- A person who has previous training or work experience in the trade and wants to determine their level of skill and knowledge for entry or advanced standing in an apprenticeship program may complete the Prior Learning Assessment Online Application. For more information, see the Prior Learning Assessment Online Guide.
- A high school student can become an apprentice and gain credits toward apprenticeship training and a high school diploma at the same time under the Registered Apprenticeship Program (RAP).
To learn the skills required of a Refrigeration and Air Conditioning Mechanic in Alberta and be issued an Alberta Journeyman Certificate, a person must:
- satisfy the entrance requirements of an Alberta high school diploma that includes English 30-2, Math 30-3, Physics 20 or Chemistry 20, or equivalent, or pass the entrance exam (see Entrance Level Competencies, Exam Counselling Sheet, Entrance Exam Study Guide, and Entrance Exam Support Materials List)
- find a suitable employer who is willing to hire and train an apprentice
Most employers prefer to hire post-secondary graduates of technical programs or high school graduates who have good marks and an aptitude for science and mechanics, or journeymen in other trades.
- complete the online Apprenticeship Application and Contract
- pay the non-refundable application fee as part of the application process
- complete the required on-the-job training
- during on-the-job training, apprentice refrigeration and air condition mechanics earn at least 50 percent of the journeyperson wage rate in their place of employment in the first year, 60 percent in the second, 75 percent in the third, and 85 percent in the fourth year.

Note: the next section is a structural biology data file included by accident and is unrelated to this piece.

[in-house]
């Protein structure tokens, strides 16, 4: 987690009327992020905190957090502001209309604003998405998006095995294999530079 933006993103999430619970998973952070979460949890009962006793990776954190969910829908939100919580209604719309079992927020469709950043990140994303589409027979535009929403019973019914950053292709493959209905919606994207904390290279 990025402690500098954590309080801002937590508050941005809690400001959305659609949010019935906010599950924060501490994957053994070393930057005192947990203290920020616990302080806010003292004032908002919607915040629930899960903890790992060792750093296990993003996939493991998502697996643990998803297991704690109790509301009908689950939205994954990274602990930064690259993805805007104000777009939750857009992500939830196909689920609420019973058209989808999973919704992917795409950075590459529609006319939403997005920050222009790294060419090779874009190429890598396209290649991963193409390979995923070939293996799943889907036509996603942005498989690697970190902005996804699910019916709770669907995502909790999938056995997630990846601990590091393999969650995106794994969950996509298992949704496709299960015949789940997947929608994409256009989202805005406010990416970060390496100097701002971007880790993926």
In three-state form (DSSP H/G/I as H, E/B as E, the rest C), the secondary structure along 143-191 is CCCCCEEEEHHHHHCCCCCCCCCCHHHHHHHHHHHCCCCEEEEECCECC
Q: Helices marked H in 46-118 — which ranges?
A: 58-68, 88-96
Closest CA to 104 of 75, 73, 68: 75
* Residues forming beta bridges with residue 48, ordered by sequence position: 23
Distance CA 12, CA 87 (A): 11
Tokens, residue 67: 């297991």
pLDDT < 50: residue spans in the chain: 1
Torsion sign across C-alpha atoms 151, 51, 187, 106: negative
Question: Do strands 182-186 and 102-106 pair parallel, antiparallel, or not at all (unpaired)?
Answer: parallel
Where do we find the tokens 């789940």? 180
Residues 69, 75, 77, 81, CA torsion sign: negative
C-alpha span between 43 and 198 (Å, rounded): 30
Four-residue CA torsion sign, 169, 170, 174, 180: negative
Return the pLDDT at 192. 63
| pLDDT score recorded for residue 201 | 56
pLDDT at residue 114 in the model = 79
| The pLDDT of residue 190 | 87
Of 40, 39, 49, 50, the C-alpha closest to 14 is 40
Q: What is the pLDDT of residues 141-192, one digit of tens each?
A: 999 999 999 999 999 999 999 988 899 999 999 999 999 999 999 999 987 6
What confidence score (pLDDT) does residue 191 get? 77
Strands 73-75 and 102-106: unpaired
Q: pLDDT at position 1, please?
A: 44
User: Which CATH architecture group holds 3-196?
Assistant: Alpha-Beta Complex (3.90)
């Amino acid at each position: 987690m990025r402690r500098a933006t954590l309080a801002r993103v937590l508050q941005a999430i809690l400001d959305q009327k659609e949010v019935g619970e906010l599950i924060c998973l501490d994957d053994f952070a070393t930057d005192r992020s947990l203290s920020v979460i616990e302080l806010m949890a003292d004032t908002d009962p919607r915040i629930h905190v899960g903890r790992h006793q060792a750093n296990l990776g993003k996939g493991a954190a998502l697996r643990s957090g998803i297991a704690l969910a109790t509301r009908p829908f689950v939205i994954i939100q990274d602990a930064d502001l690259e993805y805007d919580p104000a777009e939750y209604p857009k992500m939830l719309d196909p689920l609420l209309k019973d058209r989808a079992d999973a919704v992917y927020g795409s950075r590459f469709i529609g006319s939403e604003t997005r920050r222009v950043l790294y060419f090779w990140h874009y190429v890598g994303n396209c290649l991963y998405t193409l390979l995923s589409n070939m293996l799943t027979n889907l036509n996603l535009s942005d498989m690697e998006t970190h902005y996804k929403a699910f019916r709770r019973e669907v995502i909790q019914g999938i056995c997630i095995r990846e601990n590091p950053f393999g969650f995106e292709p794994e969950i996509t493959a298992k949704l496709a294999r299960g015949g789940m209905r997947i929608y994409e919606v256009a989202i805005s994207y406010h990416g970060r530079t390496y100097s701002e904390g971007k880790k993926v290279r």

- complete all of the program requirements as identified in the course outline
- enroll in technical training
- select an educational institution that offers training for Refrigeration and Air Conditioning Mechanic apprentices, and a time to attend training
- determine requirements for enrolling at the selected institution, and forward completed enrollment form to the selected institution
- review books and materials required for training
- successfully complete all required exams
Apprentices may attempt the Interprovincial Exam in the final period of their apprenticeship training and, if successful, be granted a Red Seal.
When apprentices attend technical training, they are required to pay the applicable tuition fee and purchase course supplies.
A refrigeration and air conditioning mechanic who holds a valid trade certificate from Alberta or from another Canadian province or territory may apply to write the Interprovincial Exam and, if successful, be granted a Red Seal under the Interprovincial Standards Red Seal Program. The Red Seal is recognized throughout most of Canada.
For a Qualification Certificate based on a recognized credential or work experience in order to prepare for the exam(s) please refer to the Exam Counselling Sheets and review available resource materials.
Time spent on supervisory or foreman duties, counter work, heading the tool crib, or on training course is NOT counted as 'hands-on' work experience.
A person who holds a valid recognized credential does not require an Alberta Equivalency document to work in the trade in Alberta.
However, some employers may require Alberta documentation as proof that the holder is allowed to work in the trade or that the holder's credential is recognized.
More information regarding the Equivalency Program can be found here.